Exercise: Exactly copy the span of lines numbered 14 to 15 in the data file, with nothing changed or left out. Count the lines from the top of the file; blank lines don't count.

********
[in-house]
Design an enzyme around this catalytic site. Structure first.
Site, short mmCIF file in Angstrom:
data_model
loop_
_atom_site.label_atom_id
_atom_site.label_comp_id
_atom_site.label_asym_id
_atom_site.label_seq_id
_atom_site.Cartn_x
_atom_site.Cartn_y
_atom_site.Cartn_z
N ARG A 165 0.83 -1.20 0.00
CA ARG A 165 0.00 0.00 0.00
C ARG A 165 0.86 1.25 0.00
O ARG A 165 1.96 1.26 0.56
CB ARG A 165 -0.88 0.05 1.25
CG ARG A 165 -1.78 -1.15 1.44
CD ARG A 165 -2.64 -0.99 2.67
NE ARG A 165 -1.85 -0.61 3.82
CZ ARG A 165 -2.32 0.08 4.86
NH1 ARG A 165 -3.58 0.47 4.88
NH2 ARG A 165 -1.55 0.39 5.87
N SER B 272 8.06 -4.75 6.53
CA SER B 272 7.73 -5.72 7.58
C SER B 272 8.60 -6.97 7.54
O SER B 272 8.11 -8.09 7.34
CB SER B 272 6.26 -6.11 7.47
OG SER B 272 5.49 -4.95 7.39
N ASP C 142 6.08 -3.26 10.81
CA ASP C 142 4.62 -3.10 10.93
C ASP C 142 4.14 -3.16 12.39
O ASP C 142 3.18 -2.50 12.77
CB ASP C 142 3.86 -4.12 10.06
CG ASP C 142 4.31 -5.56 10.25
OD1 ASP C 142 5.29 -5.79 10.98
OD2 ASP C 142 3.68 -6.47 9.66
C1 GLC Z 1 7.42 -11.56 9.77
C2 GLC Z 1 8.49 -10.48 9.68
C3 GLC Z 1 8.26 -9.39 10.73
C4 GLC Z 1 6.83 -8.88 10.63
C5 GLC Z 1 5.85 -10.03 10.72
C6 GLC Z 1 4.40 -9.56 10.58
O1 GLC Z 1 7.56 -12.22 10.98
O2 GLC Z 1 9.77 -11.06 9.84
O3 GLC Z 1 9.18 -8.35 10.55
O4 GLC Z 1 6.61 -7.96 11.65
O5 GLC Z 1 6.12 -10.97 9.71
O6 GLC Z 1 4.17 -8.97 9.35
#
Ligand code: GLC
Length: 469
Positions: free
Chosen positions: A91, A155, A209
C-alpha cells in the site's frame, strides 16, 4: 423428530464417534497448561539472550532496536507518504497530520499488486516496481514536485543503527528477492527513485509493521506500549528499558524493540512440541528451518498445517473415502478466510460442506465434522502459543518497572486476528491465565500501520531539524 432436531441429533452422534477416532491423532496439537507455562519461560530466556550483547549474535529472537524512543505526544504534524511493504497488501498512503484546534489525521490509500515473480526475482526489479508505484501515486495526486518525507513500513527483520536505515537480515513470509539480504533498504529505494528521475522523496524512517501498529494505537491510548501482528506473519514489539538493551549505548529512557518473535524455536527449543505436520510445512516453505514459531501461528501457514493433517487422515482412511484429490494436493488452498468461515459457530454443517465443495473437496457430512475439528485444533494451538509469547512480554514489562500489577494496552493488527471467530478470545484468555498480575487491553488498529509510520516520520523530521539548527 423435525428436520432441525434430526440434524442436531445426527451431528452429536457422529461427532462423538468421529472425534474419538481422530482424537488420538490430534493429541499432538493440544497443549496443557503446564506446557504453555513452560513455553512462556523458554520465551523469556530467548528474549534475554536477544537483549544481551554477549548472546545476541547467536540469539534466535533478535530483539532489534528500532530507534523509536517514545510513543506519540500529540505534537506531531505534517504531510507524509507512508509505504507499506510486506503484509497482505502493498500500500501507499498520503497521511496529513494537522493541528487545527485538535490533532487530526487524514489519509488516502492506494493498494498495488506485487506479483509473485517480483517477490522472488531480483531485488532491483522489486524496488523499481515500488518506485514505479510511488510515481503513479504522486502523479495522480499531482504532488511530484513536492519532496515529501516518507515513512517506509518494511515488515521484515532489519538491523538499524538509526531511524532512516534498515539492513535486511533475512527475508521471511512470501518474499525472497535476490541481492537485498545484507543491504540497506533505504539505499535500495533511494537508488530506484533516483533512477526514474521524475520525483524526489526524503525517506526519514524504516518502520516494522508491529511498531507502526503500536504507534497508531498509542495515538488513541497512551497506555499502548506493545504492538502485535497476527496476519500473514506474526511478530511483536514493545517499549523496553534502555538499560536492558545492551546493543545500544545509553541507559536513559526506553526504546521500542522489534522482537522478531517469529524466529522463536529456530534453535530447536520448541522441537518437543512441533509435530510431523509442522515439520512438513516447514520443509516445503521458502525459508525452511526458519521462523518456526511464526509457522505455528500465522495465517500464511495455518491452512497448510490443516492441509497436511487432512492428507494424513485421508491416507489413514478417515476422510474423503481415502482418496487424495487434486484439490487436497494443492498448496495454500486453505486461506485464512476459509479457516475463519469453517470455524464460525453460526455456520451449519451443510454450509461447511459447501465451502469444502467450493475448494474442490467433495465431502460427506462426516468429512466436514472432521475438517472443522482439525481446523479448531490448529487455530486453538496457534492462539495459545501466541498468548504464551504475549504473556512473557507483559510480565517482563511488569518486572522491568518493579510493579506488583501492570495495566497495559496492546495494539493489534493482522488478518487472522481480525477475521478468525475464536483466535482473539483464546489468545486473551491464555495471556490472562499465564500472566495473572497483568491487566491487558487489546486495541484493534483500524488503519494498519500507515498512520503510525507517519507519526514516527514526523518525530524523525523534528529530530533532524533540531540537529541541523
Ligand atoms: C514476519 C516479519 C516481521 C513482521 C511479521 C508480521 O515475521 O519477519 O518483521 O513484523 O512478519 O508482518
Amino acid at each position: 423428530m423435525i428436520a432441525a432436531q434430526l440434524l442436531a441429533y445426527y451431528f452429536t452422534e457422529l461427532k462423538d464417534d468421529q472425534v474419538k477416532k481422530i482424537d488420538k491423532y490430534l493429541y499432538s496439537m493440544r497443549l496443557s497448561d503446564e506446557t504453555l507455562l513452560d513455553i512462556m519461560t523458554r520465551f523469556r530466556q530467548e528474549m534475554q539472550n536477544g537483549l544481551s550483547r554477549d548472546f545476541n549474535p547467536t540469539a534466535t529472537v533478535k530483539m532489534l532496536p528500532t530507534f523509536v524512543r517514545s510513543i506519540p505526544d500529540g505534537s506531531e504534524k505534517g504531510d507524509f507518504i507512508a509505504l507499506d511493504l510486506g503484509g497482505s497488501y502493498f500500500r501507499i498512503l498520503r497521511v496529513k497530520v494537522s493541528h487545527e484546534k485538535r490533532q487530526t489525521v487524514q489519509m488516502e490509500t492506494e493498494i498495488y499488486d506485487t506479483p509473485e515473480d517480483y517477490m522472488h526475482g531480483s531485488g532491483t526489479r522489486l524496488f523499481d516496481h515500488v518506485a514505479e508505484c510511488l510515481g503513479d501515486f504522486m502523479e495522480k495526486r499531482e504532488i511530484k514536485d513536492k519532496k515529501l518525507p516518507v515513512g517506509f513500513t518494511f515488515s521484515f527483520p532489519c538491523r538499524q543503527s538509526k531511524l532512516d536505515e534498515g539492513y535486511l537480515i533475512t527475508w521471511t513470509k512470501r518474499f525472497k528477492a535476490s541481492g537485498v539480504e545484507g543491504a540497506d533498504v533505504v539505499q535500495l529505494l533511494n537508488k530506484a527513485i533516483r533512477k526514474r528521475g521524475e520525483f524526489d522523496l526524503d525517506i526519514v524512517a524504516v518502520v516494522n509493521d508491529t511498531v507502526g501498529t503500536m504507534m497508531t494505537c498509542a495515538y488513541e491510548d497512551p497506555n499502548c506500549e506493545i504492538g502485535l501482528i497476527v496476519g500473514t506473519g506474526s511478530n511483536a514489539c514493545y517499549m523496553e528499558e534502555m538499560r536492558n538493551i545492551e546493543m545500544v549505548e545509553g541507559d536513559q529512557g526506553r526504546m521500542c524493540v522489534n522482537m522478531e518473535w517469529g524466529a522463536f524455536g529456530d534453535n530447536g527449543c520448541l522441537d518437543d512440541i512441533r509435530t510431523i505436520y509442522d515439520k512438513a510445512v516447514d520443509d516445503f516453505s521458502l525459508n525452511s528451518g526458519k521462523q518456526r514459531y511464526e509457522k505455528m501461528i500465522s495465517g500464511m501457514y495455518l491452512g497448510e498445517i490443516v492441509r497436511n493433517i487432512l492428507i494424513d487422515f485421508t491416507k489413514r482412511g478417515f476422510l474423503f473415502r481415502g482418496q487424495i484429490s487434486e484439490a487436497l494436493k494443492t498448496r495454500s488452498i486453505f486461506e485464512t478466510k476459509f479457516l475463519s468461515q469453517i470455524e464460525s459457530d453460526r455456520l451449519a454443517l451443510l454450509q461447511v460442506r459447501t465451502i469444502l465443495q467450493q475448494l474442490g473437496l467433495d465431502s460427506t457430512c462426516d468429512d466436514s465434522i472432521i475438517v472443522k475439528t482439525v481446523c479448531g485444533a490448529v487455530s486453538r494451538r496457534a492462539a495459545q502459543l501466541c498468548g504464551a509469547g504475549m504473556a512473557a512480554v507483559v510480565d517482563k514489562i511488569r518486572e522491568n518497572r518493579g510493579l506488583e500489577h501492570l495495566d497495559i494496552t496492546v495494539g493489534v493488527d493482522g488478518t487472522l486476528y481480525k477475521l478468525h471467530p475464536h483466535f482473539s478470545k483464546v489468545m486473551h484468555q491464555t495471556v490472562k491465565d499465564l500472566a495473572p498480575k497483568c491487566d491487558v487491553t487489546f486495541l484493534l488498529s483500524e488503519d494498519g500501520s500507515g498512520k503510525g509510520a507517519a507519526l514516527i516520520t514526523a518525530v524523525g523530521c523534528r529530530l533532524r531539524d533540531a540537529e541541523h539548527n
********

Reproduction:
CA ARG A 165 0.00 0.00 0.00
C ARG A 165 0.86 1.25 0.00